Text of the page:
The subject of this book is surface metrology, in particular two major aspects: surface texture and roundness. It has taken a long time for manufacturing engineers and designers to realise the usefulness of these features in quality of conformance and quality of design. Unfortunately this awareness has come at a time when engineers versed in the use and specification of surfaces are at a premium. Traditionally surface metrology usage has been dictated by engineers who have served long and demanding apprenticeships, usually in parallel with studies leading to technician-level qualifications. Such people understood the processes and the achievable accuracies of machine tools, thereby enabling them to match production capability with design requirements. This synergy, has been made possible by the understanding of adherence to careful metrological procedures and a detailed knowledge of surface measuring instruments and their operation, in addition to wider inspection room techniques. With the demise in the UK of polytechnics and technical colleges, this source of skilled technicians has all but dried up. The shortfall has been made up of semi skilled craftsmen, or inexperienced graduates who cannot be expected to satisfy tradition al or new technology needs. Miniaturisation, for example, has had a pro found effect. Engineering parts are now routinely being made with nanometre surface texture and fiatness. At these molecular and atomic scales, the engineer has to be a physicist.(a) Position sensitive pick-ups (b) Motion-sensitive pick-ups NB: The skid is not shown, but is fixed to the housing near the ... |__ Carrier *** (ii) Schematic diagram of a modulate carrier system | (Oscillator | - - Magnet Magnetic flux Springsanbsp;...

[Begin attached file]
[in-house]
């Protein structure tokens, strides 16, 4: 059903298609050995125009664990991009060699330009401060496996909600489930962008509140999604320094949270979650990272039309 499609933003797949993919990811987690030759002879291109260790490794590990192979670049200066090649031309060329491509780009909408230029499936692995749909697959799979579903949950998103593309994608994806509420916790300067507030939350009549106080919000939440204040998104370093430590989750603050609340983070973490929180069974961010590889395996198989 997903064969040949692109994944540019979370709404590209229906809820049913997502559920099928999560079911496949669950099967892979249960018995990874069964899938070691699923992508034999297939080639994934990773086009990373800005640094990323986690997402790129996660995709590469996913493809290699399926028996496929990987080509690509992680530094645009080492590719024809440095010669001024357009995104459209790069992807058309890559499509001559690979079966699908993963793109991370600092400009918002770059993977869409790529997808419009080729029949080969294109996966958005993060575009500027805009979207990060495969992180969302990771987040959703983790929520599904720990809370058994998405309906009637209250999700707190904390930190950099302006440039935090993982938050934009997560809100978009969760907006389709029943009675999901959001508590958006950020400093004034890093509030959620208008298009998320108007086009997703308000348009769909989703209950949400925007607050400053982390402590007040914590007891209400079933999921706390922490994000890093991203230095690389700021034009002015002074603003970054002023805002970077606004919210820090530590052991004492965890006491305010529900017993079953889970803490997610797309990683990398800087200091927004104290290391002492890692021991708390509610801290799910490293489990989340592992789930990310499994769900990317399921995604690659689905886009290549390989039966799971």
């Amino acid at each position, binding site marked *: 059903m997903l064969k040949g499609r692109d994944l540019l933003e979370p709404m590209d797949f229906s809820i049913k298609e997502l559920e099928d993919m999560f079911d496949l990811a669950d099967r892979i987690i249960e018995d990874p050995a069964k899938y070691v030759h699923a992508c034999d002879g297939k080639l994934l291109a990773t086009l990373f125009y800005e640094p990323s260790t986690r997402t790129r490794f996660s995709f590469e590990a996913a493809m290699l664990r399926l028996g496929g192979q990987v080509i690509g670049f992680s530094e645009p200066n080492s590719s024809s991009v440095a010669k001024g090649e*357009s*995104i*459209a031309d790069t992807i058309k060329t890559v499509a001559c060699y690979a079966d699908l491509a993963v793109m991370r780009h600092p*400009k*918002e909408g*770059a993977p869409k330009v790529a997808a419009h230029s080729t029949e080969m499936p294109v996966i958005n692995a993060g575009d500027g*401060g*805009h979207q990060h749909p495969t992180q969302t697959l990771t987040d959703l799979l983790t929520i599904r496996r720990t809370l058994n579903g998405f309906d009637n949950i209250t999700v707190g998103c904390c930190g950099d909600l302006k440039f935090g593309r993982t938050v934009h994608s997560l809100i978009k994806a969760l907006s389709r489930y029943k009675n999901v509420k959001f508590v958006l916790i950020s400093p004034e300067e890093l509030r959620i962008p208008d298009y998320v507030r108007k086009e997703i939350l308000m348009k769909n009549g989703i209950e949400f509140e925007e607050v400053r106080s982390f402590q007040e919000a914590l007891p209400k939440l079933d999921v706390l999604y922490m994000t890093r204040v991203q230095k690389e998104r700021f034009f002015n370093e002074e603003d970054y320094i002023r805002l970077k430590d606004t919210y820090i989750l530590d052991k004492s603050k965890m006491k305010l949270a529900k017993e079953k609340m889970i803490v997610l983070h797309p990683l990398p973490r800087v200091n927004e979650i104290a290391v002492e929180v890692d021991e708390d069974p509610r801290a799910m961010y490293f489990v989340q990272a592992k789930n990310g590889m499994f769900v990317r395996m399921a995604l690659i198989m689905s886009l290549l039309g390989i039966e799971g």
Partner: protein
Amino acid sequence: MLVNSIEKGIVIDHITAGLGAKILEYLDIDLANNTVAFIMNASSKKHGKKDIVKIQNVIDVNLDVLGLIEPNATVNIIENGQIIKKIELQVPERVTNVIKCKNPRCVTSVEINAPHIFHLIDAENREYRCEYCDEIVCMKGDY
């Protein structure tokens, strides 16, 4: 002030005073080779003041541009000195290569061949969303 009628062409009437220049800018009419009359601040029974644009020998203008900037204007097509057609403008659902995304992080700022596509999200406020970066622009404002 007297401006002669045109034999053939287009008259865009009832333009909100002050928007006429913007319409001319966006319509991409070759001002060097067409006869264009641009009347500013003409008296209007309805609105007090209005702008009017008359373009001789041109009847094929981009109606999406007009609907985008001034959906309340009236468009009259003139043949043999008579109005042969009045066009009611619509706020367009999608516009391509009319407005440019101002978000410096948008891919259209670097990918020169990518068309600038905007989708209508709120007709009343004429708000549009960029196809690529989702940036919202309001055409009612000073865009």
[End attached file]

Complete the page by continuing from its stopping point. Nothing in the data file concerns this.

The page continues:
|Author||:||Graham T. Smith|
|Publisher||:||Springer Science & Business Media - 2013-04-17|